Oklahoma Voters Narrowly Approve Medicaid Expansion that Republican Lawmakers Rejected

Amber England, campaign manager, Yes on 802, addresses supporters via the internet Tuesday, June 30, 2020, in Oklahoma City, as due to Covid-19 concerns, a virtual watch party replaces the normal watch party.

Amber England, campaign manager, Yes on 802, addresses supporters via the internet Tuesday, June 30, 2020, in Oklahoma City, as due to Covid-19 concerns, a virtual watch party replaces the normal watch party. AP Photo

 

Connecting state and local government leaders

STATE AND LOCAL NEWS ROUNDUP | Oregon voters might decide on psychedelic mushrooms … Kansas City mayor says he received a death threat over mask requirements … Florida’s governor says state is not “going back, closing things.”

Oklahoma voters approved expanding Medicaid in their state Tuesday over the objection of the state’s Republican governor and legislature. The constitutional amendment passed by a narrow margin, winning by just over 6,000 votes. It requires lawmakers to expand the Medicaid health insurance program for lower-income people by next July 1. "In the middle of a pandemic, Oklahomans stepped up and delivered life-saving care for nearly 200,000 of our neighbors, took action to keep our rural hospitals open, and brought our tax dollars home to protect jobs and boost our local economy," said Amber England, who organized the campaign for the measure. But Gov. Kevin Stitt, a Republican who opposed expanding Medicaid, said it will be hard to find the money to expand, particularly as the state is anticipating a large deficit next year. “You either pay for that by reducing roads and bridge funding, education funding, public safety funding or you raise taxes. As your governor, I’m not raising taxes,” he said. Thirty-six other states have expanded Medicaid to uninsured people under the Affordable Care Act, which includes several states where voters approved expansions when state leaders refused to do so. [The Oklahoman; NPR; New York Times]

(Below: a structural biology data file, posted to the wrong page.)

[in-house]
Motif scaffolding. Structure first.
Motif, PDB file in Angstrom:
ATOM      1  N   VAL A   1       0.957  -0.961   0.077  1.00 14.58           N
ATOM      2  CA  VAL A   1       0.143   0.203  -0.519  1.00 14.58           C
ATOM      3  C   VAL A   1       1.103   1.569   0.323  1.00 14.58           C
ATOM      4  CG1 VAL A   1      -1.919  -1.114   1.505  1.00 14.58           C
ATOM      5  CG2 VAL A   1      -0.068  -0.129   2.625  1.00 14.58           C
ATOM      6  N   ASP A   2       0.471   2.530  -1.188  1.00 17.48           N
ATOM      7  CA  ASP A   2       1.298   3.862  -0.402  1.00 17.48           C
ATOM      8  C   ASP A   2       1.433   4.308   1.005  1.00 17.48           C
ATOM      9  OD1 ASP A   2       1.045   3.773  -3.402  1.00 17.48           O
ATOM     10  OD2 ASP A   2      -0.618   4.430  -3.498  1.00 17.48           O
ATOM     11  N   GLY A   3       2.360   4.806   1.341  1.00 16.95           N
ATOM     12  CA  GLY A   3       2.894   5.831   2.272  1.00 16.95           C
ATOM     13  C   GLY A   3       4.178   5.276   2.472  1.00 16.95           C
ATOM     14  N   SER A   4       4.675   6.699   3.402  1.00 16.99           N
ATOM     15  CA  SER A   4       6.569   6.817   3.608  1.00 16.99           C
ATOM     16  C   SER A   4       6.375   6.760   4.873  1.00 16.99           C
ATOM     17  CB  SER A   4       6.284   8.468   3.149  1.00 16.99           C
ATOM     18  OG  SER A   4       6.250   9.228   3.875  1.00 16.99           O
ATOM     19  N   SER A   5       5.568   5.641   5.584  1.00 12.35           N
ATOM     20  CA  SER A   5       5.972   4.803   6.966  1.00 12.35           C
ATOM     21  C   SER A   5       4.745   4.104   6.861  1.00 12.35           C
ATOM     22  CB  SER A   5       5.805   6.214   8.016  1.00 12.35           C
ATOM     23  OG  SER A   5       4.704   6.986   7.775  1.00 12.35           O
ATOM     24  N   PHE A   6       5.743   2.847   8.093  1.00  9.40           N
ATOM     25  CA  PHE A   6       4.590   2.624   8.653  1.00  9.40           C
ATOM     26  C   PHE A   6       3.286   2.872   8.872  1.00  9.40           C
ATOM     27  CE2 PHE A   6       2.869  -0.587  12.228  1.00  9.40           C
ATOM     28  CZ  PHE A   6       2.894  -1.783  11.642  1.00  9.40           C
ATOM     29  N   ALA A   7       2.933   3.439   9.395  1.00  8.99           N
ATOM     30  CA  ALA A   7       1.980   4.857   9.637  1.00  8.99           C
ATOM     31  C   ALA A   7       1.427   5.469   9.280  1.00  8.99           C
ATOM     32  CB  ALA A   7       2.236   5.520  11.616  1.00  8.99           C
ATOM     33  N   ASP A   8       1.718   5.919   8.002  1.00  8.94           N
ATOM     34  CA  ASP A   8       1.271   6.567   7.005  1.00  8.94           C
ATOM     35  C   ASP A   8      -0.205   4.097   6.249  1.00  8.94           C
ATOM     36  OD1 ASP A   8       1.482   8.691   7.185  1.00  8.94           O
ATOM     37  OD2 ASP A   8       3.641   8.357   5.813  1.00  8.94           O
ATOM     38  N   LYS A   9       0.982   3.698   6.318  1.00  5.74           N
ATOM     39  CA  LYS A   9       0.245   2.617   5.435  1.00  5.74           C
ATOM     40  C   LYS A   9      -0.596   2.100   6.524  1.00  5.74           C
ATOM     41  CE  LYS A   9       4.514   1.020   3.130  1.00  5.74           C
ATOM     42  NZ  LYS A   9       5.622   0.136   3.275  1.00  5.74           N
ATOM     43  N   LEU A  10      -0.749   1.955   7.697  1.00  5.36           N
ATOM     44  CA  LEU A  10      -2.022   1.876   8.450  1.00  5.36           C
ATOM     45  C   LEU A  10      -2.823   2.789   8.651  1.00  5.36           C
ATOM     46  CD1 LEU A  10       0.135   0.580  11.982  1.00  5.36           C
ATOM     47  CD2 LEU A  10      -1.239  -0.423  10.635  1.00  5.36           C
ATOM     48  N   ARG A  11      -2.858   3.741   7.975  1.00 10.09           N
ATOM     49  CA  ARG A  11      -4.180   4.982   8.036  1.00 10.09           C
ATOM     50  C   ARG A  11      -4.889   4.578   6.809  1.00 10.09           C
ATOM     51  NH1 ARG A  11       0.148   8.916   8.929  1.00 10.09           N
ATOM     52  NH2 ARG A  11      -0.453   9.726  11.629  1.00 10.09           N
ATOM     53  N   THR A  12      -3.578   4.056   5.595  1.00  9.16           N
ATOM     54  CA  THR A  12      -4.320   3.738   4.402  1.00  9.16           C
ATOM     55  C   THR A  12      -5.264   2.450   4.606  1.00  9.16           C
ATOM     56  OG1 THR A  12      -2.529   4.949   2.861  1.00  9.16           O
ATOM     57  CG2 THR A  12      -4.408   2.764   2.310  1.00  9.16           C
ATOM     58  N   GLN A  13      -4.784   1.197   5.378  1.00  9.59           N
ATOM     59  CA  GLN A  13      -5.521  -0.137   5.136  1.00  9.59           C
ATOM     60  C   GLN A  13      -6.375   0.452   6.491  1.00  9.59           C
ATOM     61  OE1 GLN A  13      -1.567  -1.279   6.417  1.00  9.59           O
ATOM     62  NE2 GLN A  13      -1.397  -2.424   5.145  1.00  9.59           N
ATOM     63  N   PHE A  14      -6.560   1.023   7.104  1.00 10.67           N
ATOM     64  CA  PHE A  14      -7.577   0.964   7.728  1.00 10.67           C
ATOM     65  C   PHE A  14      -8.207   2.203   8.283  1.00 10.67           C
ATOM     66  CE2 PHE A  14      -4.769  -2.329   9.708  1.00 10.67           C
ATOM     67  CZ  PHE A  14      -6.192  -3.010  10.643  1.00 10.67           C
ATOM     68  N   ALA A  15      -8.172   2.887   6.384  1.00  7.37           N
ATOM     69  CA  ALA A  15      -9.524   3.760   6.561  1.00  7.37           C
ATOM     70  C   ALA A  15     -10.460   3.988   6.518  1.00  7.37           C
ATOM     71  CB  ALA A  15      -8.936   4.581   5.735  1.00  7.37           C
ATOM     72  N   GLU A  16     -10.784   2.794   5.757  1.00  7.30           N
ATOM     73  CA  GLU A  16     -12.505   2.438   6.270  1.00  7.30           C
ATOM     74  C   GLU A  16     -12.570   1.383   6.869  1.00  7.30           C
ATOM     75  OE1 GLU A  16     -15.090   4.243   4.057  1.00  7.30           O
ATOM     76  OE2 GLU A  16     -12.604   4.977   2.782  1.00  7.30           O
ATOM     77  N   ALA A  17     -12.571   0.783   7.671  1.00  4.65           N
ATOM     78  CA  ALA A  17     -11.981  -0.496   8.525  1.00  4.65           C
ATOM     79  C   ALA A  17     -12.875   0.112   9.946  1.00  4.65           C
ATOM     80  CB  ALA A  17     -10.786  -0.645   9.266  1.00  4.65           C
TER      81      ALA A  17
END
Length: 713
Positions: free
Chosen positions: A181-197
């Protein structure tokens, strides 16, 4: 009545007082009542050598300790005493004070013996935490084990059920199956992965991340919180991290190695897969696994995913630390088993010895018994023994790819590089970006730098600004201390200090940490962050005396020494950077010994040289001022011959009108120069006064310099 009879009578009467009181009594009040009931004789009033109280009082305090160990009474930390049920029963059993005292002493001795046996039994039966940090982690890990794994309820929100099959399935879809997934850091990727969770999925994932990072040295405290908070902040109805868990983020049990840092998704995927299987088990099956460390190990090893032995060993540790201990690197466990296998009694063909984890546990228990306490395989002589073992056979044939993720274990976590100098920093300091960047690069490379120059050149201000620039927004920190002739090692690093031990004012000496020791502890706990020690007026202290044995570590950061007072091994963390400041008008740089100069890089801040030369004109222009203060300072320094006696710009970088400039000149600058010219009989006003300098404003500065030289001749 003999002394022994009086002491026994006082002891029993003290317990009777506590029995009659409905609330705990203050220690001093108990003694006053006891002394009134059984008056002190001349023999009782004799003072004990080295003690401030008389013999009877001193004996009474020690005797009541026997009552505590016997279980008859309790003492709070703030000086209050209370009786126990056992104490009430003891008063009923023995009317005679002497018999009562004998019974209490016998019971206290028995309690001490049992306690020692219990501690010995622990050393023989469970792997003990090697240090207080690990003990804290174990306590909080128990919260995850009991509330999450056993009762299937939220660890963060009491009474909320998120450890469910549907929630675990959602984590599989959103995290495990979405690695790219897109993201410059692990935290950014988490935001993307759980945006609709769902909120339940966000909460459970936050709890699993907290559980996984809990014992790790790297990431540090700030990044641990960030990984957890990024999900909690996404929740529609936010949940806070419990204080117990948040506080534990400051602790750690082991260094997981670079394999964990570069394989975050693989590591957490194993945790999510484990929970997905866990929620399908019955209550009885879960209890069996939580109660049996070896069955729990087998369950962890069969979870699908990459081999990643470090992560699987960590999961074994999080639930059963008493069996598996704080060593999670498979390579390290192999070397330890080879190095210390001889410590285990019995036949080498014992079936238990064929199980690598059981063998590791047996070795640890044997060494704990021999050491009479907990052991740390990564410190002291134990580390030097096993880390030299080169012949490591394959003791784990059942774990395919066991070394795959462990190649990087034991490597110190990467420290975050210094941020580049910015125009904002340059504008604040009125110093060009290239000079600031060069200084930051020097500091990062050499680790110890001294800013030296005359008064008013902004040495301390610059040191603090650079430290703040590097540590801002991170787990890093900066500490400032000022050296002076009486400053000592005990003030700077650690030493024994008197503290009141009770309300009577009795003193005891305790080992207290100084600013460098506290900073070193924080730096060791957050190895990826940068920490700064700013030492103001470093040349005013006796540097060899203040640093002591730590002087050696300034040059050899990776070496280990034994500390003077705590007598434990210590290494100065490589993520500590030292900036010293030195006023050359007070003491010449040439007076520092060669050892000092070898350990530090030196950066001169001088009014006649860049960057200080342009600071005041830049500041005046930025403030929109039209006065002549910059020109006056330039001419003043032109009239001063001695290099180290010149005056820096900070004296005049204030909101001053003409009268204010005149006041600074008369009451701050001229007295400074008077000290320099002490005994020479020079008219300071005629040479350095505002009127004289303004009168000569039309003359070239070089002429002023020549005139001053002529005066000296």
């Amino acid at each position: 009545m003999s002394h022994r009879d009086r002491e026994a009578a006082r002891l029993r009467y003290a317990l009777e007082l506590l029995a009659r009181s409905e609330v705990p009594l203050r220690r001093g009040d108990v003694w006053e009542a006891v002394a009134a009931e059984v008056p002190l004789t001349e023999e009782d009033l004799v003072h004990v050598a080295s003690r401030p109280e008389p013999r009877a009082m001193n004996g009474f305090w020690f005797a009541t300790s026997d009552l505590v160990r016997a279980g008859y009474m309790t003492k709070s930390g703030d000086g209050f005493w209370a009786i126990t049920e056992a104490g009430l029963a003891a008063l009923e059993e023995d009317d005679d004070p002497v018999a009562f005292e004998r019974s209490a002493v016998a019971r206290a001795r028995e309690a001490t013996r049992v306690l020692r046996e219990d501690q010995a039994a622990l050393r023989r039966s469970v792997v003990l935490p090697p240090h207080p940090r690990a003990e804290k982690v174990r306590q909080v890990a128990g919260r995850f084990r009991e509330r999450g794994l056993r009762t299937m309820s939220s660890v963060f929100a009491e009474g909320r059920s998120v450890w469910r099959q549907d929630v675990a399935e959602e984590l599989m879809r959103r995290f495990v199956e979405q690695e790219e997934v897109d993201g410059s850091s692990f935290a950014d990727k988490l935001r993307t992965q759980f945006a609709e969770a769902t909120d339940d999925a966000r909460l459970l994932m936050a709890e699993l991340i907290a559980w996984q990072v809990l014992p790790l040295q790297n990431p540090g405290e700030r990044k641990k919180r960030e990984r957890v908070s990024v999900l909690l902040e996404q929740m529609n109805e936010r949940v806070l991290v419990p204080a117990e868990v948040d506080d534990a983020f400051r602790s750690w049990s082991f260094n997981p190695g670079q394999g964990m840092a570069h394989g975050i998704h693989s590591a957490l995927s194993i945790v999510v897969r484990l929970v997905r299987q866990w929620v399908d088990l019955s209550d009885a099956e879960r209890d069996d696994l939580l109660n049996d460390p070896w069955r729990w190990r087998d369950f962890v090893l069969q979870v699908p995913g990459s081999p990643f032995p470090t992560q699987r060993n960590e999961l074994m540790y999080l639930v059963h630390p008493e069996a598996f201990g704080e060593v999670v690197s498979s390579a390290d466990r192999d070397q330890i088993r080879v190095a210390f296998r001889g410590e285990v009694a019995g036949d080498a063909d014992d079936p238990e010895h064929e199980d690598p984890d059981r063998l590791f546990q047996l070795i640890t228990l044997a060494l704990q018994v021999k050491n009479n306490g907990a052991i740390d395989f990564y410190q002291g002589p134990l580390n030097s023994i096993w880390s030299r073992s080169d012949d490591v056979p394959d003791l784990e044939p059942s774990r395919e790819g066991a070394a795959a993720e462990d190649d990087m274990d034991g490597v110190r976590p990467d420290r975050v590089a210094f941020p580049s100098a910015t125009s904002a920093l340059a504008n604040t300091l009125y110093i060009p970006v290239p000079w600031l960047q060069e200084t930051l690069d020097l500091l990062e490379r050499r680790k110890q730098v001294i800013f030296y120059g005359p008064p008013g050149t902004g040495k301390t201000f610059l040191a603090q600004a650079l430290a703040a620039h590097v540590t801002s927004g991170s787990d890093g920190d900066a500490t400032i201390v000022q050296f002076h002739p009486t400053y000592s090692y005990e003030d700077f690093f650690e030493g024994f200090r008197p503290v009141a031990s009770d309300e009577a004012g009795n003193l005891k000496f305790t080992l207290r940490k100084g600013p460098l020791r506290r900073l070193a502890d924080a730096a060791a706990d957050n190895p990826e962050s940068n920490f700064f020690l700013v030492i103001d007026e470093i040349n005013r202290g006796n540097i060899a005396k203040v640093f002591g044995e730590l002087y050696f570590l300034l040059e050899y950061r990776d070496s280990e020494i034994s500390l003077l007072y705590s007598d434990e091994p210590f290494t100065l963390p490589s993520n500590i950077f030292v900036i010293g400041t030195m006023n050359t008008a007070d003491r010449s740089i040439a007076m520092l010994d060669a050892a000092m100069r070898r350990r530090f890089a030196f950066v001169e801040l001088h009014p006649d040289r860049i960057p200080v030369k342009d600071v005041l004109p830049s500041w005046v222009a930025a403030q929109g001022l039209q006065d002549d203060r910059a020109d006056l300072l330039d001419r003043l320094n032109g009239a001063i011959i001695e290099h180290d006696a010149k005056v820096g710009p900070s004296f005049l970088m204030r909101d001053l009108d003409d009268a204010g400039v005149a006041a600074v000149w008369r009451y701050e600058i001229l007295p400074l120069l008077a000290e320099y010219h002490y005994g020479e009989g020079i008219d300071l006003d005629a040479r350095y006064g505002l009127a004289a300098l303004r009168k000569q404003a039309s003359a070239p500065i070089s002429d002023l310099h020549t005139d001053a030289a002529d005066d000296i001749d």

PSYCHEDELIC MUSHROOMS | A ballot measure to legalize psychedelic mushrooms when administered in controlled doses by professionals could end up before voters this November. Organizers say they have enough signatures, although they need to be verified. [The Oregonian]

MAYOR THREATENED | The mayor of Kansas City, Missouri said that he received a death threat after announcing a citywide mask requirement. Mayor Quinton Lucas, who is Black, also posted a screenshot to Twitter of text messages calling him the N-word. “Y’all, let’s do better,” he said. [NBC News]

REOPENING | Florida Gov. Ron DeSantis said on Tuesday that the state will not reinstate further restrictions on businesses and people’s movements, despite a rising number of coronavirus cases. "We're not going back, closing things. I don't think that that's really what's driving it, people going to a business is not what's driving it," DeSantis said. [Axios]

PRESS CONFERENCES | Alabama Gov. Kay Ivey held her first coronavirus press conference in 40 days on Tuesday. When reporters asked why it took nearly six weeks to host another public announcement, she said “this disease goes in stages, you know, and once you make an order, you need to wait at least two weeks to see the effect and outcome and see where you are at the end of that time.” [WPMI]

Laura Maggi is the managing editor at Route Fifty and Emma Coleman is the assistant editor. 

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